What kind of impedance does this coax cable have?
Sometimes you dig around in your parts bin, desperately searching for a bit of coax cable to make a new connector to your fantastic whizzbang widget. If you find a piece of cable without markings, how do you know if it’s 75Ω, 50Ω or some other impedance? Well, here are two easy ways of finding out.
Measure twice, calculate once
To calculate the cable impedance, you only need to use the simple formula:
But how do you get the inductance and capacitance of your bit of cable? Just take a piece of the cable (just a short piece is enough) and measure the capacitance between the
Now let’s hook the cable up to the LCR-Meter.
As you can see, the measured Capacitance of the cable is 10 pF.
Next up is the inductance. You have to remove some of the insulation on the other side of the cable and short out the center pin to the shield. Then use the LCR Meter and measure the inductance at the open end of the cable.
So now lets short out the other end of the cable and measure.
Here, the inductance of the cable is 100 nH.
You should now have two values, the Capacitance in pF and the Inductance in nH.
So let’s plug in the values into my trusty calculator:
What? That can’t be right?
This result had me stumped for a while. I was certain that the cable I’ve used for illustration was 75Ω. So I remeasured and came to the same results. A quick Google search shows that the cable, Bedea RG-62 is in fact 93Ω. So close enough. As you can see, the results are close enough to distinguish between 50Ω, 75Ω, 100Ω or any other type of coaxial cable. So now you have a quick way of checking the impedance of cables you bought from a Ham-Fest or just some random cable hidden in the cable drawer.
Another Way of Measure Cable Impedance
I have written an article about measuring the velocity factor of a cable. You can use the same technique to send a short pulse through the wire and check the reflection. By adding a potentiometer at one end of the cable and sending a short pulse through it, you could adjust the potentiometer until the reflected signal is at the lowest value. By measuring the Ω value of the potentiometer when you get the least reflected signal back to the oscilloscope, you then know the impedance of the cable.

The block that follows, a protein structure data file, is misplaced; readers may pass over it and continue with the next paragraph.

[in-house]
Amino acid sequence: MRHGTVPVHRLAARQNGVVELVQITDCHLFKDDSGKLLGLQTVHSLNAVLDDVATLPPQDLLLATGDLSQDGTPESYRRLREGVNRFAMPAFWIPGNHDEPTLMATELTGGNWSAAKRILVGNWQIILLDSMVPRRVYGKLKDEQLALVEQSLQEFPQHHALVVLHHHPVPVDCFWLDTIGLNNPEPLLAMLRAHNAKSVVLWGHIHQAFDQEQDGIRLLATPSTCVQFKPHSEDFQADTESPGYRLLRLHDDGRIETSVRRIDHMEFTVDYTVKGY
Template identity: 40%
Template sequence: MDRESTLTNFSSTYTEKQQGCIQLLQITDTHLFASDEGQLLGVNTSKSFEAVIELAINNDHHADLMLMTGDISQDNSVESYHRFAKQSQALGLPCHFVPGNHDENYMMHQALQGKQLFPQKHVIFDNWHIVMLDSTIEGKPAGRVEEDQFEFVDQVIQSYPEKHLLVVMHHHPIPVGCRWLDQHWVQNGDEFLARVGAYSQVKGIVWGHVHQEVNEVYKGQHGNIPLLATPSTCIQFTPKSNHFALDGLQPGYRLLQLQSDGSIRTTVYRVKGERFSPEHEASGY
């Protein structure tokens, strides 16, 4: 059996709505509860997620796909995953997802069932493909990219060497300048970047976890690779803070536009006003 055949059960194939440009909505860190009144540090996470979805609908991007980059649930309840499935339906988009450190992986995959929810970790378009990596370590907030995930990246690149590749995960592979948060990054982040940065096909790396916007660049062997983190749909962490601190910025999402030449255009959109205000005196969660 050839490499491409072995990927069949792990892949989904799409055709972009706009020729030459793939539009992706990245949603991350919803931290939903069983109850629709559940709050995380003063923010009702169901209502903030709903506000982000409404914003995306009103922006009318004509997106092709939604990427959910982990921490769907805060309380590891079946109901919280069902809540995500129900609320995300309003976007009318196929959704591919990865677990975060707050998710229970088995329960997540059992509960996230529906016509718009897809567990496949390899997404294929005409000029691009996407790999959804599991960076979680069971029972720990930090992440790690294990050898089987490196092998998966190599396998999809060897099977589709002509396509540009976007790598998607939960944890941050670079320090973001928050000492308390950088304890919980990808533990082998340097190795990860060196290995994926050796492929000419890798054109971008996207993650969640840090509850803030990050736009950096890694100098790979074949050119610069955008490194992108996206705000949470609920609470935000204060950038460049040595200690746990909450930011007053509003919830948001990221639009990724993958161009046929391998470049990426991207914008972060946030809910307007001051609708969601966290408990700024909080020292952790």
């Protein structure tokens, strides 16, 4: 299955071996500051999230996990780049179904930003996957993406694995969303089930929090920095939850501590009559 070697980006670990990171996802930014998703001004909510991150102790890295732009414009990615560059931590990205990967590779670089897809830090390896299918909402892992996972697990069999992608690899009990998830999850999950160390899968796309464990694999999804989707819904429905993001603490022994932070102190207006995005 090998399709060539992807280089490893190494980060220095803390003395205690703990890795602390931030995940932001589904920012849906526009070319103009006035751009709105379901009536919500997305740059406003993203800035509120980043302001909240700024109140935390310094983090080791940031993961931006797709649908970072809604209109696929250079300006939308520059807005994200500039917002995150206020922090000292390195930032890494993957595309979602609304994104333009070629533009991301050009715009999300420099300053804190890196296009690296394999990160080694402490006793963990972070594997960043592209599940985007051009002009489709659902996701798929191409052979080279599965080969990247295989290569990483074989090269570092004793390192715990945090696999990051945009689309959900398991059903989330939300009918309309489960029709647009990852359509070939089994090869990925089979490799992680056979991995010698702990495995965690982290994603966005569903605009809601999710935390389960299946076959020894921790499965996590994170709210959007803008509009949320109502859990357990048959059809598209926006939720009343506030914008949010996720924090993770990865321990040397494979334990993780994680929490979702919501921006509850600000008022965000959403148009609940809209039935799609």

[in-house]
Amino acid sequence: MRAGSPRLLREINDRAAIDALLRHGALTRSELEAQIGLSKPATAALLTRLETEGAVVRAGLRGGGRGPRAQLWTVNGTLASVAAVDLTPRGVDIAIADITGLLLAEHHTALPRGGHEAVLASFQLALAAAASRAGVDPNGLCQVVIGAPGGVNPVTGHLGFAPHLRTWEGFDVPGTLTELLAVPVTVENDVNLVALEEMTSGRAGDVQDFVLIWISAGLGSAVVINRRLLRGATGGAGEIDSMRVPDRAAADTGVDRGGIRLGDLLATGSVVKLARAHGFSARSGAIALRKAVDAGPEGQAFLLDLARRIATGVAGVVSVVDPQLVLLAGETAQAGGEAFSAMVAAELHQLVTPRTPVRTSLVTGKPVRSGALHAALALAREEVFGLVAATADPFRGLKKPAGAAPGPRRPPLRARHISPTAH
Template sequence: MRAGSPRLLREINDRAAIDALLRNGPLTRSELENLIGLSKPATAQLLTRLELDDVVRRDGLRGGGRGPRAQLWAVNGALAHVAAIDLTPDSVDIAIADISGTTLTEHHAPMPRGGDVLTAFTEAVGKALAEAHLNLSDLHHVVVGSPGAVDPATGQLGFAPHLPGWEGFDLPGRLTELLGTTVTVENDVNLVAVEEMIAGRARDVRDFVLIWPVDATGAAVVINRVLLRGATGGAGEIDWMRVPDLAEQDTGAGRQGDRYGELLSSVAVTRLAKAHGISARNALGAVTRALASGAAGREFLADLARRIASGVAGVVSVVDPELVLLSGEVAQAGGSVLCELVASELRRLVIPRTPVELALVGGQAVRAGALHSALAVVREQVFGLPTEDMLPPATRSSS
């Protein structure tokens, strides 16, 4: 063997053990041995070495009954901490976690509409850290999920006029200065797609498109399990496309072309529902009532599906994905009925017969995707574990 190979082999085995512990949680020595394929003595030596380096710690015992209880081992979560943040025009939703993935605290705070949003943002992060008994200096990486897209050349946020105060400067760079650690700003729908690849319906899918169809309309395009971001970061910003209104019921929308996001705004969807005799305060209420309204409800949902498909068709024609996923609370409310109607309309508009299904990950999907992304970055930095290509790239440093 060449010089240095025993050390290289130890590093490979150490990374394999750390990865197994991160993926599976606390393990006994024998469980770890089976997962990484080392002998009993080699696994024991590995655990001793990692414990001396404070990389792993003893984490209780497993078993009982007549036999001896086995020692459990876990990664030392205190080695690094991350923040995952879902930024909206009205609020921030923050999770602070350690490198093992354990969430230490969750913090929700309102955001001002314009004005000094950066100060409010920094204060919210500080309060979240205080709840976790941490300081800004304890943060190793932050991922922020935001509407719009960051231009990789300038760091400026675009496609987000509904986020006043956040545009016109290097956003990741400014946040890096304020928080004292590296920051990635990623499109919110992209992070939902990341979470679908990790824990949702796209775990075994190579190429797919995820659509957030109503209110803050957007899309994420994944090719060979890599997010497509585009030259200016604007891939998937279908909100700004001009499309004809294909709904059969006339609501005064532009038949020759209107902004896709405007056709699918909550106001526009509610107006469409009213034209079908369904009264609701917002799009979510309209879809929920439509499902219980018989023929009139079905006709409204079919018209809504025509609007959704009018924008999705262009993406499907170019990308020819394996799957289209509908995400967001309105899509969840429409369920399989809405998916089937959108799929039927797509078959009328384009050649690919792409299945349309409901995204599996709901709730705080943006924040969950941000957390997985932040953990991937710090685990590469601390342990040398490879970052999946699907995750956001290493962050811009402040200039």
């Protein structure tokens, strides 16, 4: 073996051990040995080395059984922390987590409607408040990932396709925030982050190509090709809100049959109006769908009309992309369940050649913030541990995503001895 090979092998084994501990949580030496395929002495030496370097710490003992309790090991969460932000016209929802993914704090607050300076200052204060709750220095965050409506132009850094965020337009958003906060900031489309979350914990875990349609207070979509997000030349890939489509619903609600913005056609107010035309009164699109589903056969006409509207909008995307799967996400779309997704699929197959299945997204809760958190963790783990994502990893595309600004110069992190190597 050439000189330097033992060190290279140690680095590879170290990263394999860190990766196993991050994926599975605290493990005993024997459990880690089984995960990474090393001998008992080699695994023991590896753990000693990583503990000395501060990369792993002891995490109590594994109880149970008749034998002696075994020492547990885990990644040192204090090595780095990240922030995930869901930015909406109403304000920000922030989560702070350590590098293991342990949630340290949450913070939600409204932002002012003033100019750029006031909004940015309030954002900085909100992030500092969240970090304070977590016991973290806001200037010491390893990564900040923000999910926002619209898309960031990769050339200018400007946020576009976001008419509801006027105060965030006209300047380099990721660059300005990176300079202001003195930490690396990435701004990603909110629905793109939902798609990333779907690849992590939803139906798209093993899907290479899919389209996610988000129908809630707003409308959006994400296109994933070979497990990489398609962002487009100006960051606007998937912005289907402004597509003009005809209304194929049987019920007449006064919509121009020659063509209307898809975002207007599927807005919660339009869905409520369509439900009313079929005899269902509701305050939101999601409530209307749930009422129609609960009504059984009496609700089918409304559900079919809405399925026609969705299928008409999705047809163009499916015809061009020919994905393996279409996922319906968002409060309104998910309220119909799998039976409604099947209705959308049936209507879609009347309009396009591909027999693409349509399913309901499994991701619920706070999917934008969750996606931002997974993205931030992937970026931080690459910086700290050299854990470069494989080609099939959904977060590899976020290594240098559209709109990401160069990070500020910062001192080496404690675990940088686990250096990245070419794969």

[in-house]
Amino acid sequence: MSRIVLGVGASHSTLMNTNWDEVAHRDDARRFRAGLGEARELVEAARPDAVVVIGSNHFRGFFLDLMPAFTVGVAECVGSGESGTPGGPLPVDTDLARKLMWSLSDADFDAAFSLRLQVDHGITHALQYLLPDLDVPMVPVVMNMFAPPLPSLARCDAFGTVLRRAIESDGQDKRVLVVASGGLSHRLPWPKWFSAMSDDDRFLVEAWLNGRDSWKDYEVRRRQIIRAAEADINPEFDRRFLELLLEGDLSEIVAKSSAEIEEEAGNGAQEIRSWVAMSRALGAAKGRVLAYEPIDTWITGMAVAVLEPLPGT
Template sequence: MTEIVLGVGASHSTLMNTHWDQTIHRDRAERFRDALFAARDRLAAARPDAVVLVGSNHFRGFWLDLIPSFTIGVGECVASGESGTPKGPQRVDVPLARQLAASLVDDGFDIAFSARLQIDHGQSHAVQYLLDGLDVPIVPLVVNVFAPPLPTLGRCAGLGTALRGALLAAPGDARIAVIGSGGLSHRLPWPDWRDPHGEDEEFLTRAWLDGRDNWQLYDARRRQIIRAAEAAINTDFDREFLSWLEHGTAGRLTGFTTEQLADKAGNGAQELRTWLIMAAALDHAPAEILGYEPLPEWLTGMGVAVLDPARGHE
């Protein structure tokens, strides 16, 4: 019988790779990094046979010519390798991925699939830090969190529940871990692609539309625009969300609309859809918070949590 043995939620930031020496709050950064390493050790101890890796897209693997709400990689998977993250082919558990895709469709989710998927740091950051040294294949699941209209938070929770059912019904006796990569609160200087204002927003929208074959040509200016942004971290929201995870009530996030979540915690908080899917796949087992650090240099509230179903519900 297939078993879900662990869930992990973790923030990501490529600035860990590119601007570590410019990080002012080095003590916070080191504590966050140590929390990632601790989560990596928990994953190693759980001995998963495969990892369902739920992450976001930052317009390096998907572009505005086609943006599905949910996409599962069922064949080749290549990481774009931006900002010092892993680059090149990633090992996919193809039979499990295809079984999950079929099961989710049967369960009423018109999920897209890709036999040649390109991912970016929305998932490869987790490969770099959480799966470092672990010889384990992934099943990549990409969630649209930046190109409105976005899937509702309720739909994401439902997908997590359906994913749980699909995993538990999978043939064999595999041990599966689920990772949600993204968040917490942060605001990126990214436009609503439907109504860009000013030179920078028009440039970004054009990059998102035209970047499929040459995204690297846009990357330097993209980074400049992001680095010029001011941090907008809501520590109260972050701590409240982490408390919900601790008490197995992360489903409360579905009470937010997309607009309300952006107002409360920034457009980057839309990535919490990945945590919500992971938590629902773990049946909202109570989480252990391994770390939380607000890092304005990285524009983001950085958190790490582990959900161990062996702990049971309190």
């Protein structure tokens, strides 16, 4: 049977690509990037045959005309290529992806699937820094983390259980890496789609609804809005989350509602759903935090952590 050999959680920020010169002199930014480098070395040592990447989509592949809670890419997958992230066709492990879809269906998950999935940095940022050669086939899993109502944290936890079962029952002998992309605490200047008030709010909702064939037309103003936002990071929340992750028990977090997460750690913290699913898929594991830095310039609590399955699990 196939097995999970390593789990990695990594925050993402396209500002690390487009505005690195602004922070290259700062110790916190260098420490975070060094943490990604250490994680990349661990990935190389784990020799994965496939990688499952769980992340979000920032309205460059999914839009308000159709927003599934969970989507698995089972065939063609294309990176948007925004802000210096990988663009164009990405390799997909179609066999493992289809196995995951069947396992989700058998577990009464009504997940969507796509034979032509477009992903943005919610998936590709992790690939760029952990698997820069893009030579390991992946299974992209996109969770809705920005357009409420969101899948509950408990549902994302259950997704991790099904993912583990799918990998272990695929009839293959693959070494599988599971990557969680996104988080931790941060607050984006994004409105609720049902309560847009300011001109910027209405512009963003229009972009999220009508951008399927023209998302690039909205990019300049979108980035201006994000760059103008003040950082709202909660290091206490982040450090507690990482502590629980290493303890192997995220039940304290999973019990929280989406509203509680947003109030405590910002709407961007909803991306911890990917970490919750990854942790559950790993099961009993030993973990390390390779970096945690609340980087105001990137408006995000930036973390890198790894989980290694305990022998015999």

Fatih Bulbul says
The cable is normally 75 ohm. No problem at the cable.
But the measured cable length is so short.
Measure the cable with min. 100 meters. (just a short piece is enough) is not enough.
To measure just a short piece of cable, you have to have a very very good and expensive LCR meter measurement device.
Not a hand LCR meter with cheaper one.
can we use a multimeter to measure the impedance of an impedance matching pad.i have minicircuits bmp-5075+ matching pad but when i tried to find the impedance using multimeter ,75ohm reads 130ohm and 50 ohm reads 88ohms .
why this too much deviation ?
Jack Zimmermann says
No, you can’t use a Multimeter to measure impedance because impedance is resistance at a frequency. So you need an LCR meter.
this mesures coax cable but what about normal electricity wire how can measure it impedance
this measure applied to only coax cables but what about electricity cables such as power cable how can i measure it
Very good and helpful article Jack!
Thank you, very useful. Worked well using my Peak Atlas LCR45 meter, of course the cable was the wrong impedance for what I wanted to use it for!
I’ve had success with this on standard size coax cables but the not with the smaller PCB IPEX to SMA cables. I’ve tested 3 different “Chinese” brands which are supposed to be 50ohm but I’m receiving values in the range of 140-170 ohms. I’m following the procedure laid out here . Am I doing something wrong? Assuming the impedance is in the range of 150ohms, can I assume that signal loss is negligable since these connectors are extremely short?